“It is a high-stress environment because there are a lot of planes,” said Wagner, who placed 10th in last summer’s race. “It’s a different kind of flying than flying in a training environment. It’s more of a real-world experience.”

Pilots are given the freedom to chart their course — plotting around storms and factoring wind speed and direction into their flight plans to know when to take off from the eight designated airports. All planes must be visible, so they cannot fly at night or through clouds.

“Normally, you want to get the best tailwinds that you can; however, this year, going East to West, we’re going into the wind, and into the heat out West, so that will make it challenging,” Kaijala said. “Everyone’s going to have a harder race, so it’s an even playing field in that sense. It’s really coming down to strategy this year, how to get the best speed with headwinds.”

Throughout the race, Liberty’s pilots will maintain communication with Kaijala and fellow coach Lizzy Jore back in Lynchburg, Va., and rotate responsibilities.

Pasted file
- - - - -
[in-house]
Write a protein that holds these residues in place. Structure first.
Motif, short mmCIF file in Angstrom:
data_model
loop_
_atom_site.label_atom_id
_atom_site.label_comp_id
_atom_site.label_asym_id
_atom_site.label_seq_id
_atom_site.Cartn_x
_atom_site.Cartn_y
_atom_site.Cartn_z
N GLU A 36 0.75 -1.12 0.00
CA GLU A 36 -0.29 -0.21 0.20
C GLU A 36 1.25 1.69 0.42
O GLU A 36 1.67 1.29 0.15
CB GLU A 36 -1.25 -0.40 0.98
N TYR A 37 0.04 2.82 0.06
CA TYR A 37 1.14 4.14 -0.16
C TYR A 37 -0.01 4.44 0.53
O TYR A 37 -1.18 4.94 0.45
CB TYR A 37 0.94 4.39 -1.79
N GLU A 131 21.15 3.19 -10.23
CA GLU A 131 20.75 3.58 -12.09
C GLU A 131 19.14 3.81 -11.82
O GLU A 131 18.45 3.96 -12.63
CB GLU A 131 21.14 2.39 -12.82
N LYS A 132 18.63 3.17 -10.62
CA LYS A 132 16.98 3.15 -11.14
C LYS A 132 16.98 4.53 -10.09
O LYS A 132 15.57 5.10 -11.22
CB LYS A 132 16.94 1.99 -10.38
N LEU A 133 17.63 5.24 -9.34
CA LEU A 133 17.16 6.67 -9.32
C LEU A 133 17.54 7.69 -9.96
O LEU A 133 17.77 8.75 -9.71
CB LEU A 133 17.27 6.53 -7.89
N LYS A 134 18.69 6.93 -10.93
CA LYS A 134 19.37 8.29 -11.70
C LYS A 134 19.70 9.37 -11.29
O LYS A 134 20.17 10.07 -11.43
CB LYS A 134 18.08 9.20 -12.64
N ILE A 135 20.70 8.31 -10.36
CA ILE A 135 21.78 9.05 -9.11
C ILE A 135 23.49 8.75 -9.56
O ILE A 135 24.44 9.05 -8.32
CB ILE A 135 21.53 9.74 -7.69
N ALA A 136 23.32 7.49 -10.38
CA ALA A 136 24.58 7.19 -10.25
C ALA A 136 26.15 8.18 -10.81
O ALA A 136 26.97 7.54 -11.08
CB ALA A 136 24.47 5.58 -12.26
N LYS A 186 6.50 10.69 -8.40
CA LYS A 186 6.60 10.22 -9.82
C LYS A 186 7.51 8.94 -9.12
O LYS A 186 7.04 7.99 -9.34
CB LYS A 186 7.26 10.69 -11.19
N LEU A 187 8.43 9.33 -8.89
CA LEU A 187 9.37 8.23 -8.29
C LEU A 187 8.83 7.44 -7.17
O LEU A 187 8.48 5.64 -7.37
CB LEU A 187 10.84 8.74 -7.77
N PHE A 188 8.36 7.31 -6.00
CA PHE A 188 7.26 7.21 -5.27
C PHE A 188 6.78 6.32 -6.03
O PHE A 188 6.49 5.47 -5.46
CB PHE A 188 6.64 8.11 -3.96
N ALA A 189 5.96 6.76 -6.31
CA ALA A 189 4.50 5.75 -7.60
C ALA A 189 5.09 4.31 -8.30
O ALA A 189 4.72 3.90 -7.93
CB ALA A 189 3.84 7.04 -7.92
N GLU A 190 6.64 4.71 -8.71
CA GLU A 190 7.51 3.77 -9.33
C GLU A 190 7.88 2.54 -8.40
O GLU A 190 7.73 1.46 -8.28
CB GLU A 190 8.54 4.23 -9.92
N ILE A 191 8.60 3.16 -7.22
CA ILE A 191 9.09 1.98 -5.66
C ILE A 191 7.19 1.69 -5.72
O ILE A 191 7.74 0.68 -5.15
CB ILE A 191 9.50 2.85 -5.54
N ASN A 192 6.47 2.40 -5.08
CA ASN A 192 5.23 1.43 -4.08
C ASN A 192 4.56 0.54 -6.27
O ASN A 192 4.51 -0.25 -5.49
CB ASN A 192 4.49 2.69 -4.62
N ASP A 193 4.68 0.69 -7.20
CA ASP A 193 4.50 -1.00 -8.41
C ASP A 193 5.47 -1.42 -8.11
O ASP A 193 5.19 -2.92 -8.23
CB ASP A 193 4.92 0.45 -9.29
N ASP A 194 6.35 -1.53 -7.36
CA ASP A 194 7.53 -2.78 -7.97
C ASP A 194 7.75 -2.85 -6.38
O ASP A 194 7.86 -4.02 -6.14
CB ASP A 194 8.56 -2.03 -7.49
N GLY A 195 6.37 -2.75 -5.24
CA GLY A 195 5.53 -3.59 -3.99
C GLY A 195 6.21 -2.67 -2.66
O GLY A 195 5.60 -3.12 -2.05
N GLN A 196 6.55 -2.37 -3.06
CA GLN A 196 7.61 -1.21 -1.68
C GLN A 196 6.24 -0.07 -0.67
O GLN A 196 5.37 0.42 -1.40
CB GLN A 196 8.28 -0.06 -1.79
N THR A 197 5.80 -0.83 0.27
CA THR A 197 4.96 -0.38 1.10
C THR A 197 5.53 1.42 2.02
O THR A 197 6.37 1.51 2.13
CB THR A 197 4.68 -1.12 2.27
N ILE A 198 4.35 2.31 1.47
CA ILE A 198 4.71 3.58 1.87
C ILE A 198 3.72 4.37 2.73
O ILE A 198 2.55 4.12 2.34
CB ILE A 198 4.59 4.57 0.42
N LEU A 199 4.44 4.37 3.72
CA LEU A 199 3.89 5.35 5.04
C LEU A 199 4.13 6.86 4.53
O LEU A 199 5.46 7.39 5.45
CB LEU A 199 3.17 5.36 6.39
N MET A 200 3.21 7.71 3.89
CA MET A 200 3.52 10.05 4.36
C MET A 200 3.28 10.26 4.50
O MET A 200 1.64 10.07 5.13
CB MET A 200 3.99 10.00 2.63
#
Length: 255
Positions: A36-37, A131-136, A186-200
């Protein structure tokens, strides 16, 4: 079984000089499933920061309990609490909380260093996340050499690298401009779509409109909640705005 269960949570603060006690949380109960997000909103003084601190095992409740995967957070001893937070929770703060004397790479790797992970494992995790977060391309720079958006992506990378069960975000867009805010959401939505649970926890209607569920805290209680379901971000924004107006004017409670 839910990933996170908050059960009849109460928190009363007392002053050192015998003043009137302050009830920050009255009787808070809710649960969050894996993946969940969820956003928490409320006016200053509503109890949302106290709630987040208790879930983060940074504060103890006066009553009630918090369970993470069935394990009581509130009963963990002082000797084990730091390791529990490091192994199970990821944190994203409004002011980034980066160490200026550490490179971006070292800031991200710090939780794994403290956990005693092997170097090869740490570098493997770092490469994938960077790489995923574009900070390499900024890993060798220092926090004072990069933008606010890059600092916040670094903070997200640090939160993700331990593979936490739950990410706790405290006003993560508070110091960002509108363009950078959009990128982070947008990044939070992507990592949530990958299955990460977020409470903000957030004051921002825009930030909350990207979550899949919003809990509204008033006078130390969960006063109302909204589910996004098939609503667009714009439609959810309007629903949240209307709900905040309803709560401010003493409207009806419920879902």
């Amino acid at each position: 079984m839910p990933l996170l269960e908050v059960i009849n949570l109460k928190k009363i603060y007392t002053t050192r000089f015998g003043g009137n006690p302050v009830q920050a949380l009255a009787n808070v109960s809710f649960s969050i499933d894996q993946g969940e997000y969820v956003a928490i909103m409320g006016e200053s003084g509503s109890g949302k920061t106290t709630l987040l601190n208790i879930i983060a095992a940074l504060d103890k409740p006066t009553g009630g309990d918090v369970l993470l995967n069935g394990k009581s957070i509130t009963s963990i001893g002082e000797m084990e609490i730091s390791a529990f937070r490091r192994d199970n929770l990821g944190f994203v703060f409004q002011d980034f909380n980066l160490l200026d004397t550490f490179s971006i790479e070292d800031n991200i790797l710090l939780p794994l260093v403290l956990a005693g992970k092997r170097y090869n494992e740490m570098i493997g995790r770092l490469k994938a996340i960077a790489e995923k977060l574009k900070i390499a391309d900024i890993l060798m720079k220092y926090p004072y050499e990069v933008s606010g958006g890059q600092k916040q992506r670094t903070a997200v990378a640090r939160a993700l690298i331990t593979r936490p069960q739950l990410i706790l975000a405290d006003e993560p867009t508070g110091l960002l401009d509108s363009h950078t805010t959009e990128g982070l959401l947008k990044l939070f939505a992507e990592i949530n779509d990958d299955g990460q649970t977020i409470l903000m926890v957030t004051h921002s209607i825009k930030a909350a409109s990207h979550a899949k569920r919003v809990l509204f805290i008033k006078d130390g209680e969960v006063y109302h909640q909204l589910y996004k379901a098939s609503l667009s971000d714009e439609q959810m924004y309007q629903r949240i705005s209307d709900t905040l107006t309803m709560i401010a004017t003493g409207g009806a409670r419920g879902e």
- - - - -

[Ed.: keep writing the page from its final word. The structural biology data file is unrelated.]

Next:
“Everyone’s collaborating, making calls,” said Audrey Rabe, a rising senior and teammate of Starkey and Liberty flight instructor Jodi Yoder. “While the person in the left seat is flying, the person in the right seat’s working the radios, and the person in the back is looking for traffic and terrain. We’re all working together to try to make the best decisions.”

Teams must arrive at Santa Fe Municipal Airport by Friday at 5 p.m., but the first to finish is not automatically the winner. Each plane is assigned a handicap speed and the team that maintains the highest ground speed above its designated handicap speed will be deemed champions.

The Liberty Belles are two of the 14 collegiate teams represented in this year’s event, which also includes pilots from six foreign countries — Cyprus, England, France, New Zealand, Trinidad and Tobago, and Venezuela.

Earlier this month, members of the Liberty Belles participated in another event that brings attention to women in the field of aviation. On June 3, Yoder, Wagner, Kaijala, and Jore piloted planes in the Women Can Fly event hosted by Liberty at Lynchburg Regional Airport. The event offered 80 complimentary flights to girls and women of all ages while showcasing Liberty’s aeronautics program.

About Liberty University
Liberty University, founded in 1971, is the largest private, nonprofit university in the nation, the largest university in Virginia, and the largest Christian university in the world. Located near the Blue Ridge Mountains on more than 7,000 acres in Lynchburg, Va., Liberty offers more than 550 unique programs of study from the associate to the doctoral level. More than 250 programs are offered online. Liberty's mission is to train Champions for Christ with the values, knowledge, and skills essential for impacting tomorrow's world.

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Len Stevens